Jones was born at Ty"new york Morfa, Trefdraeth, Anglesey. Following his father"s death, his mother remarried and the family moved to Dwyran, where he was educated at the local Board school. On leaving school at fourteen, he was apprenticed to a draper, but his wide reading and further part-time education enabled him to win a place at the University College of Wales, Aberystwyth, and he went on to Owens College in Manchester.
Jones began his journalistic career by working as a London correspondent for Welsh newspapers, but soon returned to Wales to set up a school in his home town, continuing to work as a journalist. He campaigned on behalf of agricultural labourers in north Wales, and his articles on the subject of their working conditions led to a conference at Llangefni on Easter Monday 1890, where agreement was reached with employers on a shorter working day. Jones campaigned only on behalf of male employees, and female workers continued to have to work the longer hours.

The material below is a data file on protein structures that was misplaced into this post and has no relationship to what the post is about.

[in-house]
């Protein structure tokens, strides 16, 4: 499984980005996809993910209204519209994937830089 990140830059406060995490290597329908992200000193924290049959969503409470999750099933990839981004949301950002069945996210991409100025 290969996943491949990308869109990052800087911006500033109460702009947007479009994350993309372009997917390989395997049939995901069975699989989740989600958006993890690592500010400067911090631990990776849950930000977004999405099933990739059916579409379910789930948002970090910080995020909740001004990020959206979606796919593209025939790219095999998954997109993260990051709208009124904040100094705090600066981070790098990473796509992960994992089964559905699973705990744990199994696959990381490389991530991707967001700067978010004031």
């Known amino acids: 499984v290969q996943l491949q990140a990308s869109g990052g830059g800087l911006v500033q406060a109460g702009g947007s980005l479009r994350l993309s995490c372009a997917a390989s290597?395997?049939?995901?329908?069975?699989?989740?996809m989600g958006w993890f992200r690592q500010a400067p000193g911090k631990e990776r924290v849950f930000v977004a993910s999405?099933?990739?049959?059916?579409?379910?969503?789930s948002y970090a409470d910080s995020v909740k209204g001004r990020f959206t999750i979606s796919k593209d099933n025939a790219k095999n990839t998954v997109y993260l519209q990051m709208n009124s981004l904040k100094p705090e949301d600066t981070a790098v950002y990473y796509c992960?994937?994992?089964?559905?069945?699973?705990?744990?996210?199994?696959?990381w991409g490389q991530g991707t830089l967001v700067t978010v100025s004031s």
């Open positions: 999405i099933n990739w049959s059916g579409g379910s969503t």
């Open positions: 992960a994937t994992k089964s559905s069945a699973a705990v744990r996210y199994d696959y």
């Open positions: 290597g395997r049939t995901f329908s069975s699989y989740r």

In 1893, labourers made a presentation to Jones in recognition of his efforts, and he was asked to lead them in forming a trade union.
The attempt was unsuccessful, and Jones moved to Merthyr Tydfil, where he became editor of the Merthyr Times. In 1897, he moved to Nottingham, where he died.